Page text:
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money or happiness

The Babii came home from school the other day all worked up. Her class had a debate on which was more important, money or happiness. Apparently, a good number of her classmates chose happiness, and she was incredulous.

“How can they choose happiness over money?!? How can they be happy if they don’t have money to give to poor people?!?! How?!?! HOW?!?!?”

Uhmmmm…. I sup…pose I can accept that line of reasoning…. (“Hey Babii, wanna be happy? I’m poor, so gimme some money…. Pretty please?”)

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First off, I’d like to say that my spending habits are not exactly exemplary (or have I said that already?). I have moments of weakness, such as spending NIS 200 on a bunch of plants or even more money on books. But the present is definitely a HUGE improvement compared to, say, ten years ago. Lots of hits and misses there.

Since the Babii started handling her own money, we’ve been trying to teach her about spending it wisely. It’s not easy, especially since she has a penchant for buying little treats for us and a love for Coca Cola, which we rarely drink at home. Nevertheless we try to involve her in discussions regarding family finances (how much to spend for shopping, how much to save for a vacation, etc.) and walk her through what are considered needs and wants.

Lesson #1: Money is earned.

We don’t pay her to do chores, because we believe that chores should be done for the sake of doing it (unless a person wants to live in a pigsty— I actually know someone like that). Instead, I take her to work with me where she shreds my papers and I pay her “per project.” In reality she gets paid more than the average worker, but the lesson is learned and she gleefully puts the money in her piggy bank, mentally calculating how much more paper needs to be shred in order for her to buy an iPod.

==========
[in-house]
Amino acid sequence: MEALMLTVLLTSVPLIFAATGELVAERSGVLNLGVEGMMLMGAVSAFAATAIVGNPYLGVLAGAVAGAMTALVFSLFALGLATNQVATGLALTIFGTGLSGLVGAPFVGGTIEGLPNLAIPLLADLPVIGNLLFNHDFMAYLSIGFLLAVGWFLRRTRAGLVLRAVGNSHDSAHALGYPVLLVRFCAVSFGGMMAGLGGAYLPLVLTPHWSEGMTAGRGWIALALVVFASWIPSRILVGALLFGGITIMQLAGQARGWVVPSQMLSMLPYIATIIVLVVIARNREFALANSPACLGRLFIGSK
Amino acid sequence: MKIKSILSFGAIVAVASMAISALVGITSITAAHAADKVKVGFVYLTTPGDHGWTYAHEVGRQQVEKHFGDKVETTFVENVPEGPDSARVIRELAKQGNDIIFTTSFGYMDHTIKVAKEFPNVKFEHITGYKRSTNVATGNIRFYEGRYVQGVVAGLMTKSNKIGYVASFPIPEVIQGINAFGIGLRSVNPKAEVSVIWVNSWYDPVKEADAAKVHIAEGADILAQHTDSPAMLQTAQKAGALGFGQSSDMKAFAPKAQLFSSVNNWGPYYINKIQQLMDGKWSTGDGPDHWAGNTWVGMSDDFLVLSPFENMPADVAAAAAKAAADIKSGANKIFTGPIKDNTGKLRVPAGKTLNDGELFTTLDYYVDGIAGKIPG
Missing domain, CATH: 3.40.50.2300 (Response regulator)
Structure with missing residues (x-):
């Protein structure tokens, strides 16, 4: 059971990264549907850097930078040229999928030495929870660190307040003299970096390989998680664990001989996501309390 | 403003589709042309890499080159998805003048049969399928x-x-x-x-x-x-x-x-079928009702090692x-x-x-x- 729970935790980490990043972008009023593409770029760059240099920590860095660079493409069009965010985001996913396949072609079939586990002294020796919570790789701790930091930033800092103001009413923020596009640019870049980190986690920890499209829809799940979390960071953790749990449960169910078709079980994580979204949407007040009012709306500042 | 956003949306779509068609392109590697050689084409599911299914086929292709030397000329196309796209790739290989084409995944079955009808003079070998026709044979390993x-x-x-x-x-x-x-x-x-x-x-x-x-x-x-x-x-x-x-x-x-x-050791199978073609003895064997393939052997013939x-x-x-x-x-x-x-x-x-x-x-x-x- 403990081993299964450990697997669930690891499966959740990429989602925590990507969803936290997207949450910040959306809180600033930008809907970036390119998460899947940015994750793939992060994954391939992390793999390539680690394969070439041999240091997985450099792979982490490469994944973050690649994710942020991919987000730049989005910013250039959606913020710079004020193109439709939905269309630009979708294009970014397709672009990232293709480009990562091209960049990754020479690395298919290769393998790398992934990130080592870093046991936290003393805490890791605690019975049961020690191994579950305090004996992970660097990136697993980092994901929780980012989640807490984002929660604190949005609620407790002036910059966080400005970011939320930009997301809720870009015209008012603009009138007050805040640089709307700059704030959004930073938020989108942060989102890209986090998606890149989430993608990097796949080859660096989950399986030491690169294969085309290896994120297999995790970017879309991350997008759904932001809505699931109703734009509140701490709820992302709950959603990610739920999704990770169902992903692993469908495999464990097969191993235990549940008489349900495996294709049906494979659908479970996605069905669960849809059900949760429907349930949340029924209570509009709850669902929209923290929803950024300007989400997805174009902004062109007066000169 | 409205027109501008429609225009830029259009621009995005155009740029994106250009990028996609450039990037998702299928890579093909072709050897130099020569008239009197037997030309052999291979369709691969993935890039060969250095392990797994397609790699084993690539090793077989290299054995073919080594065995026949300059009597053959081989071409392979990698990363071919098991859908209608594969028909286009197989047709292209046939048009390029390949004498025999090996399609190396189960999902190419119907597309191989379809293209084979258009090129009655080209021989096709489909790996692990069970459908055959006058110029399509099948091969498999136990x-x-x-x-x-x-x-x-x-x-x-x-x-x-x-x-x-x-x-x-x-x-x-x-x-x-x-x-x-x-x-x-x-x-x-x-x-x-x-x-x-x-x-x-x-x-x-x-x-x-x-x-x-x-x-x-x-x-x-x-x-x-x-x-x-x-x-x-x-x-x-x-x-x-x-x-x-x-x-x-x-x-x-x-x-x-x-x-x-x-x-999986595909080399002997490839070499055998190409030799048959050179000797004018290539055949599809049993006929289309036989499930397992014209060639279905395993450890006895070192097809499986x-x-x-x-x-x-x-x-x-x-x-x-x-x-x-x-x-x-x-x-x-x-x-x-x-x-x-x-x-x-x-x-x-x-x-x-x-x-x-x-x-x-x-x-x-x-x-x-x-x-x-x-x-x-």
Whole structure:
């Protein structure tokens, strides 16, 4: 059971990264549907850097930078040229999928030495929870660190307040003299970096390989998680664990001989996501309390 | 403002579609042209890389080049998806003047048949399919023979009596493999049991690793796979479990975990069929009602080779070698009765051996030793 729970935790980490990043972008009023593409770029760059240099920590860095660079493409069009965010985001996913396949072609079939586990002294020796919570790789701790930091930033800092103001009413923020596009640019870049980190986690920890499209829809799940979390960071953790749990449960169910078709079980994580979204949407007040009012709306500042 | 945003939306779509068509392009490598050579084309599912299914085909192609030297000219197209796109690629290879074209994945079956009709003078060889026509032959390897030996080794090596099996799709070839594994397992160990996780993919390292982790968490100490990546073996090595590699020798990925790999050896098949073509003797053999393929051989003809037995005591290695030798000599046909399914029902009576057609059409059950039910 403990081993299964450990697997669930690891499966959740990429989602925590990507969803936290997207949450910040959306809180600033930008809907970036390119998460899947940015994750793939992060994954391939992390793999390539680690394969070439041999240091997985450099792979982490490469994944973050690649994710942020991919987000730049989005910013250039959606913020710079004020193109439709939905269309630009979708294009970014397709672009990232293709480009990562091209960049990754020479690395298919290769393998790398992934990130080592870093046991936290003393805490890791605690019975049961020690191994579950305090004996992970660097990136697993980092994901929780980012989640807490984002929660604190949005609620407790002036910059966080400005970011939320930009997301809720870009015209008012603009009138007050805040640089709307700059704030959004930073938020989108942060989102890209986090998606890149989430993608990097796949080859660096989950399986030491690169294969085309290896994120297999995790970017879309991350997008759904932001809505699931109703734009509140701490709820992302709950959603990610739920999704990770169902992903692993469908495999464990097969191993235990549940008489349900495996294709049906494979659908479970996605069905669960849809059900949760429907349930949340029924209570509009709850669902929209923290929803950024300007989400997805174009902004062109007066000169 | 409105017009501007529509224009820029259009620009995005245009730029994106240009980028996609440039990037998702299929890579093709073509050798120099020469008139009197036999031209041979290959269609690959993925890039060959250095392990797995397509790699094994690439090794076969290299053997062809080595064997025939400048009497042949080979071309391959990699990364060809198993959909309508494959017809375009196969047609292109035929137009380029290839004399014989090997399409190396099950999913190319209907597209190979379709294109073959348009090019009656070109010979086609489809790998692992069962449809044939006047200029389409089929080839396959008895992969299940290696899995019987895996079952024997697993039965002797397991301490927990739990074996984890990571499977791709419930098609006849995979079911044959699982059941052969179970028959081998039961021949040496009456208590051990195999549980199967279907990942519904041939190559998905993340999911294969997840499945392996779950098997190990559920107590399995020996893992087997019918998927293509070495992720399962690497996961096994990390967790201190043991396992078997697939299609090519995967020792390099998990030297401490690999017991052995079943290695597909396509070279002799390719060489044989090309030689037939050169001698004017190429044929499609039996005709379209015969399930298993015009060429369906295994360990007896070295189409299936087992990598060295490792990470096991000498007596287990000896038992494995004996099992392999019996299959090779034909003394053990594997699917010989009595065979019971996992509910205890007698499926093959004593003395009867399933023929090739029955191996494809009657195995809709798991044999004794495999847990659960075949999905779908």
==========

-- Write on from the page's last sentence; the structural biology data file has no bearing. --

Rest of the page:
ShreddersThe Babii and a friend pack away the papers.

Lesson #2: Money is limited.

When she was a lot younger, she would ask us to buy this and that. The incident would usually end with a very public discussion about money (might as well let the saleslady hear it). “We only have enough money to buy this or our food. Is it okay with you if we have this toy but we won’t eat?” (Okay, extreme example.) Or, “If we buy this we won’t have enough to watch the movie you wanted. Which is more important to you?” (Also a lesson in priorities for her)

I guess we are fortunate that the Babii is very reasonable and easily understands our explanations for why we can’t just buy everything we want. Thankfully, we’ve never had a rolling-on-the-floor-kicking-and-screaming kind of incident. R and I did not engage in that when we were kids and I like to think we passed that on to her. ­čśÇ

Lesson #3: We spend money because we have to, not because we can.

We tell the Babii that we are able to live the life we have through lots of hard work and good fortune. Just because we have a little money does not mean we should spend it left and right. Hence, the baon.

During school days, the Babii is obliged to bring to school her lunch and snacks (heck, even I bring my own baon!). She has a small allowance  in case she gets extra-hungry, but anything she saves she can spend on other things.

We don’t buy her everything she wants. We are very clear about the limits: we spend for food, clothes, books, school, toys for special occasions, and the occasional entertainment (parties, outings, etc.). Any thing outside of this (read: luho), she has to pay out of her own pocket.

We also don’t encourage the use of designer things. If the quality and function is the same, we opt for the lower-cost version. Hence, our lack of designer bags and clothes. With some things, though, quality is synonymous with the brand. Hence our kitchen knives. And pots. And tools. Hay, nevermind.

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Anway, there are always opportunities to teach the Babii about money. The other night, she had complained, “We went around the night market all night and we haven’t bought anything!!!!” (Is that such a bad thing???? Cue: sermon.)

It is easier now that it’s summer break and she does not have her daily allowance (which is why she is so gung ho about the paper shredding). I foresee that come school opening, however, she will be back to her occasional soda, donut and pizza treats. But how can you lecture someone for thinking of you and bringing you home a donut, eh?

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